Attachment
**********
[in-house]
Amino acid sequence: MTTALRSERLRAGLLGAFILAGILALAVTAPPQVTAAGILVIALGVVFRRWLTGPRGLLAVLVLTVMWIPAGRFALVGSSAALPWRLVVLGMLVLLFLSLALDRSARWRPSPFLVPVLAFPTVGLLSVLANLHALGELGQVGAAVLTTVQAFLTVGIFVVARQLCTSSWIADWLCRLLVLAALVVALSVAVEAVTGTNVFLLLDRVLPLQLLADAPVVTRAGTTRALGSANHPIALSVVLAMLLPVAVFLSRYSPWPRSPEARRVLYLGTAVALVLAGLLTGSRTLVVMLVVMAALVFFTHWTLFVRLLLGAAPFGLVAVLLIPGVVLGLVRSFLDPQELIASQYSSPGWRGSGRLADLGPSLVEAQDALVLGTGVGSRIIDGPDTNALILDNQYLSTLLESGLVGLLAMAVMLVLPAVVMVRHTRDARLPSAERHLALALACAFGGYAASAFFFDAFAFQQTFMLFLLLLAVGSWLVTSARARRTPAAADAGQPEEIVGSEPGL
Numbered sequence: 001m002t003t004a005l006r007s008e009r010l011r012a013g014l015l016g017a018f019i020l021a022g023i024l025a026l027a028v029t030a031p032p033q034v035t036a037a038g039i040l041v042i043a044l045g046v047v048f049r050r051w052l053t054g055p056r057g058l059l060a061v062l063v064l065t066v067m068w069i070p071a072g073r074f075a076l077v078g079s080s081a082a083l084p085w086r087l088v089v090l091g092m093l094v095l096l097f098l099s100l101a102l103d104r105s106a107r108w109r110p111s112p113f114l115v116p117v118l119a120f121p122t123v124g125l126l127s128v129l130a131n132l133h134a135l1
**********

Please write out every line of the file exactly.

[in-house]
Amino acid sequence: MTTALRSERLRAGLLGAFILAGILALAVTAPPQVTAAGILVIALGVVFRRWLTGPRGLLAVLVLTVMWIPAGRFALVGSSAALPWRLVVLGMLVLLFLSLALDRSARWRPSPFLVPVLAFPTVGLLSVLANLHALGELGQVGAAVLTTVQAFLTVGIFVVARQLCTSSWIADWLCRLLVLAALVVALSVAVEAVTGTNVFLLLDRVLPLQLLADAPVVTRAGTTRALGSANHPIALSVVLAMLLPVAVFLSRYSPWPRSPEARRVLYLGTAVALVLAGLLTGSRTLVVMLVVMAALVFFTHWTLFVRLLLGAAPFGLVAVLLIPGVVLGLVRSFLDPQELIASQYSSPGWRGSGRLADLGPSLVEAQDALVLGTGVGSRIIDGPDTNALILDNQYLSTLLESGLVGLLAMAVMLVLPAVVMVRHTRDARLPSAERHLALALACAFGGYAASAFFFDAFAFQQTFMLFLLLLAVGSWLVTSARARRTPAAADAGQPEEIVGSEPGL
Numbered sequence: 001m002t003t004a005l006r007s008e009r010l011r012a013g014l015l016g017a018f019i020l021a022g023i024l025a026l027a028v029t030a031p032p033q034v035t036a037a038g039i040l041v042i043a044l045g046v047v048f049r050r051w052l053t054g055p056r057g058l059l060a061v062l063v064l065t066v067m068w069i070p071a072g073r074f075a076l077v078g079s080s081a082a083l084p085w086r087l088v089v090l091g092m093l094v095l096l097f098l099s100l101a102l103d104r105s106a107r108w109r110p111s112p113f114l115v116p117v118l119a120f121p122t123v124g125l126l127s128v129l130a131n132l133h134a135l1